It (Almost) Never Rains in Tiger Stadium
LSU BE Alumnus Designs Drainage for Tiger Stadium
October 7, 2019
BATON ROUGE, LA – When LSU Biological Engineering alumnus Danny Dehon began working in coastal restoration, he never dreamed that it would land him back where he started—LSU’s campus. And Dehon certainly never dreamed the land he’d be working to save would be the one inside Tiger Stadium.
Born and raised in New Orleans, Dehon came to LSU in 2003, majoring in biological sciences before switching to biological engineering his sophomore year.
“I had a strong math and biology background in high school and felt that BE was a good merger of the two,” he said. “Growing up in South Louisiana, fishing with my family and being out on the water was something I loved to do, so I wanted to focus on coastal engineering.”
After earning his bachelor’s in 2008, Dehon remained at LSU and earned his master’s in BE. Immediately after graduating, he worked as a field scientist for a British Petroleum (BP) contractor, Cardno, alongside a team of four scientists and boat operators to track submerged oil throughout the Gulf of Mexico.
“We were stationed in different cities between Louisiana and Florida for two to three weeks, then would go home to get our next assignment,” Dehon said. “I wasn’t really utilizing my degree, but I stayed for six months.”
He then reconnected with fellow BE graduate Tyler Ortego, who had started his own company, Ora Engineering. Dehon followed up Ortego’s research on artificial oysteries, a technology Ortego had taken to the commercial scale.
“I worked with him on engineering design for nearly three years, working out of my house and also in the field,” Dehon said.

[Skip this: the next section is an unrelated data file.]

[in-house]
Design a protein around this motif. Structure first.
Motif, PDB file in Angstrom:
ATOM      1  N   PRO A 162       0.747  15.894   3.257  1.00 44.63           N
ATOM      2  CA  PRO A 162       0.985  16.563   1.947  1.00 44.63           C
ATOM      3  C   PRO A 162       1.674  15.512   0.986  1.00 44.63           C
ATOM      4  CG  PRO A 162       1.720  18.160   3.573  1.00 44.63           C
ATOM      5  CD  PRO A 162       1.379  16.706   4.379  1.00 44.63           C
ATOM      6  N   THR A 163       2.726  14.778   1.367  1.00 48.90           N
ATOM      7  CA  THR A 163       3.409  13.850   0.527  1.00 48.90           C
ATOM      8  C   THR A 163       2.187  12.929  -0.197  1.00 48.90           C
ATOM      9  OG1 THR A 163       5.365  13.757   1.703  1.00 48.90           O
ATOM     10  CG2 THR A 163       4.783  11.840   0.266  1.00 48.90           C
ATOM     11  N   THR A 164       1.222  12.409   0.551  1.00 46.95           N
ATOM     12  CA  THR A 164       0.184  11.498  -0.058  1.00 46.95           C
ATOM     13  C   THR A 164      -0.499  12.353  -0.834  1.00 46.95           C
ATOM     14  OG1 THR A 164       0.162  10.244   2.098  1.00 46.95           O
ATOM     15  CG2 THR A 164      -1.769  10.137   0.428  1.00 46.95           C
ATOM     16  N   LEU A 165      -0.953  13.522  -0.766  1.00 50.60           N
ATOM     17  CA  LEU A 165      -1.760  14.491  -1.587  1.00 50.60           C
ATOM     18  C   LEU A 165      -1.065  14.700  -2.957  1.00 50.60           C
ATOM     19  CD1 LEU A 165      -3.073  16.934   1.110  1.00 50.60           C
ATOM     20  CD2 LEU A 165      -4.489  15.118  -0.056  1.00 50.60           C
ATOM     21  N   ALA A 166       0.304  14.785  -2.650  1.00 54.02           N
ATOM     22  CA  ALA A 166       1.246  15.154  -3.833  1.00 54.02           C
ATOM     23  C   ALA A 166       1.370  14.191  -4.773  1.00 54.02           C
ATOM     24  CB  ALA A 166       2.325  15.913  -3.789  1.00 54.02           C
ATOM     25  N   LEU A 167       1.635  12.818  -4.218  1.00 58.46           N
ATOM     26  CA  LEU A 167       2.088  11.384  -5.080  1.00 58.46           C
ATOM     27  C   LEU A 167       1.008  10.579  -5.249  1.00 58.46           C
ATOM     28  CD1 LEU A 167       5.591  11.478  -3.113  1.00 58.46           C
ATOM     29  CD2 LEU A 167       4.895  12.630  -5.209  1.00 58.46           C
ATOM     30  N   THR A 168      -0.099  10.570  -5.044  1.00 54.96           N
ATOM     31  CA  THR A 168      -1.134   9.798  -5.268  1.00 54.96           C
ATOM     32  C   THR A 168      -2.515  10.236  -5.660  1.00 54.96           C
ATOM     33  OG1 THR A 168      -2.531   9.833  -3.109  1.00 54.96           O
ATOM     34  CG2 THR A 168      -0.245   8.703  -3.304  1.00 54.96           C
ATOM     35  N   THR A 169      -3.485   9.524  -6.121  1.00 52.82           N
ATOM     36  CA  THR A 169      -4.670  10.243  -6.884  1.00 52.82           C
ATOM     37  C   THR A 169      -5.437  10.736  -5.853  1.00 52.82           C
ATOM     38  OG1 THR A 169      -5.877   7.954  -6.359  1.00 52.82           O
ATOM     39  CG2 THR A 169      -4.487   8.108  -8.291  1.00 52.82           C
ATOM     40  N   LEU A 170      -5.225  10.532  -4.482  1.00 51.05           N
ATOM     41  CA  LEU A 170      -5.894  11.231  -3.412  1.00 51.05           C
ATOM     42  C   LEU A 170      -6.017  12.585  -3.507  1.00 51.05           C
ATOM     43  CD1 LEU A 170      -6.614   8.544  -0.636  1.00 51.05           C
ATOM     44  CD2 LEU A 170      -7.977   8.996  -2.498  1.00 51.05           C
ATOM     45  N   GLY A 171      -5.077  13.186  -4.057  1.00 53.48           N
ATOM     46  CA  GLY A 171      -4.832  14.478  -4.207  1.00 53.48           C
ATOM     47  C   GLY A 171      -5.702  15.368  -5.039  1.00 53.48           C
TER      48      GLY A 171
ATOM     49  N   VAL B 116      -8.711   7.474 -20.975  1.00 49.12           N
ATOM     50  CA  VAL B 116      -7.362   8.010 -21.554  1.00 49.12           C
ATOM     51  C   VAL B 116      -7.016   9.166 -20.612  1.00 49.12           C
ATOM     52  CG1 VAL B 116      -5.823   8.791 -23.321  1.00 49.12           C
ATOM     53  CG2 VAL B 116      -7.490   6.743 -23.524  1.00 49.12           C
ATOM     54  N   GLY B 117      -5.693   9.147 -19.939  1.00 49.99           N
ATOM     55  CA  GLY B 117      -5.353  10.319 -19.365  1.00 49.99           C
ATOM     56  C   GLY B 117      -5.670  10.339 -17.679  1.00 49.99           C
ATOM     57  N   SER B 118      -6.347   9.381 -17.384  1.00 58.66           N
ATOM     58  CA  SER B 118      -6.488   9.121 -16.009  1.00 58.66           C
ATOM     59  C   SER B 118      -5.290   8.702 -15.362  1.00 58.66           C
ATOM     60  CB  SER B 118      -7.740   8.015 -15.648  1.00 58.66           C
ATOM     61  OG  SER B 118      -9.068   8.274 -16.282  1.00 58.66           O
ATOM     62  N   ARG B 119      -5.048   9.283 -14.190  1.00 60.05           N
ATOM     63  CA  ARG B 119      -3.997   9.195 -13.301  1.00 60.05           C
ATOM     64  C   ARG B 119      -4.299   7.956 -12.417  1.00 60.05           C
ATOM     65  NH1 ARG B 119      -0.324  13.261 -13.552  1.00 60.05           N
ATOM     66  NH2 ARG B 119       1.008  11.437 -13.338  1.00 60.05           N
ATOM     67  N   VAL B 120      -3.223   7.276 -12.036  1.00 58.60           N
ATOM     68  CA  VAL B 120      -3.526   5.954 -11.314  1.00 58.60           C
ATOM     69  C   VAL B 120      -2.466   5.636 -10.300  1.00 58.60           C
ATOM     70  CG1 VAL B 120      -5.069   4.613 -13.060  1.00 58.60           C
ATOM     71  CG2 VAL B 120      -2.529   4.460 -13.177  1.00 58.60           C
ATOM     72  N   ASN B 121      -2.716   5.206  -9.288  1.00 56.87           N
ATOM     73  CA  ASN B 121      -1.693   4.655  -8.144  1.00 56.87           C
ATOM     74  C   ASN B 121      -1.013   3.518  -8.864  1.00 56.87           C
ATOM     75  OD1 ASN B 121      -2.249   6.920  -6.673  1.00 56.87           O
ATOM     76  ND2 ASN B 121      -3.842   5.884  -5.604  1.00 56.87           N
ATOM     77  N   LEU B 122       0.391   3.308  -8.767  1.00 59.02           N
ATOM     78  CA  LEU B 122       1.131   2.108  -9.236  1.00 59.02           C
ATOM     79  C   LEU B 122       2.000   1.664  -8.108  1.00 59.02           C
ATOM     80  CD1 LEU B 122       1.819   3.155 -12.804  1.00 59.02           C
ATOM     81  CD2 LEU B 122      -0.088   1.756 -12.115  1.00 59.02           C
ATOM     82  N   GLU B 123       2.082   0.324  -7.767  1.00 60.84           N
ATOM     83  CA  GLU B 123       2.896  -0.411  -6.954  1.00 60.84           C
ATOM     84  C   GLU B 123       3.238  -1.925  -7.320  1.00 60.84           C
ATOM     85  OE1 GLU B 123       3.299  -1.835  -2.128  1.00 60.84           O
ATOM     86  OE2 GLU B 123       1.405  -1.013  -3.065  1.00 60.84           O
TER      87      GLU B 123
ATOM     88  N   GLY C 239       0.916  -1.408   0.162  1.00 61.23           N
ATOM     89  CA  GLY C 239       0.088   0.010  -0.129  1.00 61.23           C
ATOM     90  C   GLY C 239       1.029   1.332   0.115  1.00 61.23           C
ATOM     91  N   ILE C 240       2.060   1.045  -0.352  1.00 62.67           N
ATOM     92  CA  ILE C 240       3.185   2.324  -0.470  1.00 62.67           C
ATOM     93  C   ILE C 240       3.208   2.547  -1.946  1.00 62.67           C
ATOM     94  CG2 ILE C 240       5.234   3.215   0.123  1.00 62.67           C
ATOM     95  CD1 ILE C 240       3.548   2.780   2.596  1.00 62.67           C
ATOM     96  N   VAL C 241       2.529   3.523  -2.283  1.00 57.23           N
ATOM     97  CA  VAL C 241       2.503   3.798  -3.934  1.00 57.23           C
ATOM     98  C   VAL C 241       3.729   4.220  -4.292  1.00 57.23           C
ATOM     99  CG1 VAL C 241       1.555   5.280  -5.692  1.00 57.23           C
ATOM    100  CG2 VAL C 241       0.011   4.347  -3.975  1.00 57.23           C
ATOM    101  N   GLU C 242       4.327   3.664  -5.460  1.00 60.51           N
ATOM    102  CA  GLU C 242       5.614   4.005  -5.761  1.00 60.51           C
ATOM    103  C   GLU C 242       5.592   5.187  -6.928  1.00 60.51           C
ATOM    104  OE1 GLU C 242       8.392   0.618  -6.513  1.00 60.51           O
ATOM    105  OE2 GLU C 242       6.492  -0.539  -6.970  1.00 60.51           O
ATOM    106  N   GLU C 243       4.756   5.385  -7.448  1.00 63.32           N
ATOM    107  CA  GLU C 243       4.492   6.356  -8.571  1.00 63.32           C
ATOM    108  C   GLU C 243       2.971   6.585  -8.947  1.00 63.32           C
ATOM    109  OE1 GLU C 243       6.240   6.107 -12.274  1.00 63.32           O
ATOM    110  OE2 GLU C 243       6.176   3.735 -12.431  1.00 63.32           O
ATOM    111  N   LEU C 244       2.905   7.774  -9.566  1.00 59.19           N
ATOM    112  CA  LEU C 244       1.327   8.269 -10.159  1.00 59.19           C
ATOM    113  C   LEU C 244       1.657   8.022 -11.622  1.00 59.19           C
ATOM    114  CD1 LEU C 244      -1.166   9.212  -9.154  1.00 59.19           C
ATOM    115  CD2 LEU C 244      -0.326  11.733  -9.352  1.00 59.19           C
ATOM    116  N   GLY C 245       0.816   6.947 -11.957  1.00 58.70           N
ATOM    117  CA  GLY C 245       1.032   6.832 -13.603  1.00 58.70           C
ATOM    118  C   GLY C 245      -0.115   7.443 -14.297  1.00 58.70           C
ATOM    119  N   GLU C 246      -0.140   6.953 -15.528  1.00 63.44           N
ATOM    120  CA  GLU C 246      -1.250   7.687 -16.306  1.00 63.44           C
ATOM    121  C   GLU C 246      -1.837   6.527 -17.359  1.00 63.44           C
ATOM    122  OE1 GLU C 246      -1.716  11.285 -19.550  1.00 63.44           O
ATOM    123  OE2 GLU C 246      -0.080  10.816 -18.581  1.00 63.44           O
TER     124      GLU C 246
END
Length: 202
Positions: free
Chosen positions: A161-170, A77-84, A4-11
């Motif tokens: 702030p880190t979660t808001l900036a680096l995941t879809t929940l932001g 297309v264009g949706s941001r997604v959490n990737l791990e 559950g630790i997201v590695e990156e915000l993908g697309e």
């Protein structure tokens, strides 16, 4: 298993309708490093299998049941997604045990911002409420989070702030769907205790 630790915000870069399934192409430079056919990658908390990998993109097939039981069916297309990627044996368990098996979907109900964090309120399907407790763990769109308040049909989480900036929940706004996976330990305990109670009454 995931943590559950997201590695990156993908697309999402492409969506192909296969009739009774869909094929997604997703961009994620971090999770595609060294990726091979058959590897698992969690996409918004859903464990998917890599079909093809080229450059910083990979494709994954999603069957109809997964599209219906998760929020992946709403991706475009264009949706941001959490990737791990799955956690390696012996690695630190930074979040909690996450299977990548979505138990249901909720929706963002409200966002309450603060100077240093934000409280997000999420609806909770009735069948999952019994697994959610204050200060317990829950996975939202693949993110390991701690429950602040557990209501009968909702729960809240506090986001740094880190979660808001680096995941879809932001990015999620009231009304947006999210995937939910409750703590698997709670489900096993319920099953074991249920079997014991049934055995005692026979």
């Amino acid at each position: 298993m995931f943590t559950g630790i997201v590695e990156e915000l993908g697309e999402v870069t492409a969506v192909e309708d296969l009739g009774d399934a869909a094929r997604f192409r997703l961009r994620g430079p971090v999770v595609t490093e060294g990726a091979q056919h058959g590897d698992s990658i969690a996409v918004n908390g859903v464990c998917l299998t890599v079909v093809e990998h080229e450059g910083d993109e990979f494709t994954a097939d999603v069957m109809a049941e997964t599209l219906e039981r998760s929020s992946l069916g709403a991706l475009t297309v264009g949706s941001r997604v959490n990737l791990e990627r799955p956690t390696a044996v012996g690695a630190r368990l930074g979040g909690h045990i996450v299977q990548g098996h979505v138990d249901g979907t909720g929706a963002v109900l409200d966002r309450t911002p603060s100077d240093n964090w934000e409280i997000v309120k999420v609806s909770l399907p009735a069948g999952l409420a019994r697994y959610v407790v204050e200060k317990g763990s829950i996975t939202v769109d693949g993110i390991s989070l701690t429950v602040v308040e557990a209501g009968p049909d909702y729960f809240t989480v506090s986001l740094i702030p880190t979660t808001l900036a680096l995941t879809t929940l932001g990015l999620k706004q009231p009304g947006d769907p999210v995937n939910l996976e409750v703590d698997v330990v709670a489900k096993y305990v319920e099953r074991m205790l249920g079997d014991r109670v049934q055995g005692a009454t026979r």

In 2013, Dehon began working for Manchac Consulting Group, where he served as a coastal engineer on all of the company’s coastal projects, which included marsh creation, bank stabilization, artificial reefs, island construction, and sediment transport. The most exciting project, however, came when the company got a contract to work on drainage in LSU’s Tiger Stadium.
“I started working with LSU 18 months ago and worked with a landscape architect who has done a number of SEC fields,” Dehon said. “So, he was the guy I leaned on for the irrigation and the under-drain system out there. I could take care of drainage on the sidelines, concrete work, and civil site work, and adding drainage capacity.”
Dehon credits LSU BE Professor Marybeth Lima’s Community Playground Project for helping him with his work on a daily basis.
“Dr. Lima is awesome,” he said. “One of the big things most people take away from her class is the work you get to do on the playground projects. It’s very fulfilling. Looking back, it’s very applicable to working with building standards and design and working with a client and going through a design process on a project.”
Though Dehon has recently accepted a new position with Fenstermaker & Associates, an engineering consulting firm in Baton Rouge, the excitement of working on the field in Tiger Stadium will be hard to top.
“I had goosebumps the first few times I was out there,” he said. “Being out there at the field level really puts things into perspective. I couldn’t imagine being out there on the field during a game with 100,000 fans. I’ve been an LSU fan even before I went there and have memories of watching some great games.”
The next time the Tigers play in the rain and aren’t treading water to run the ball, LSU fans know who to thank.
Contact: Libby Haydel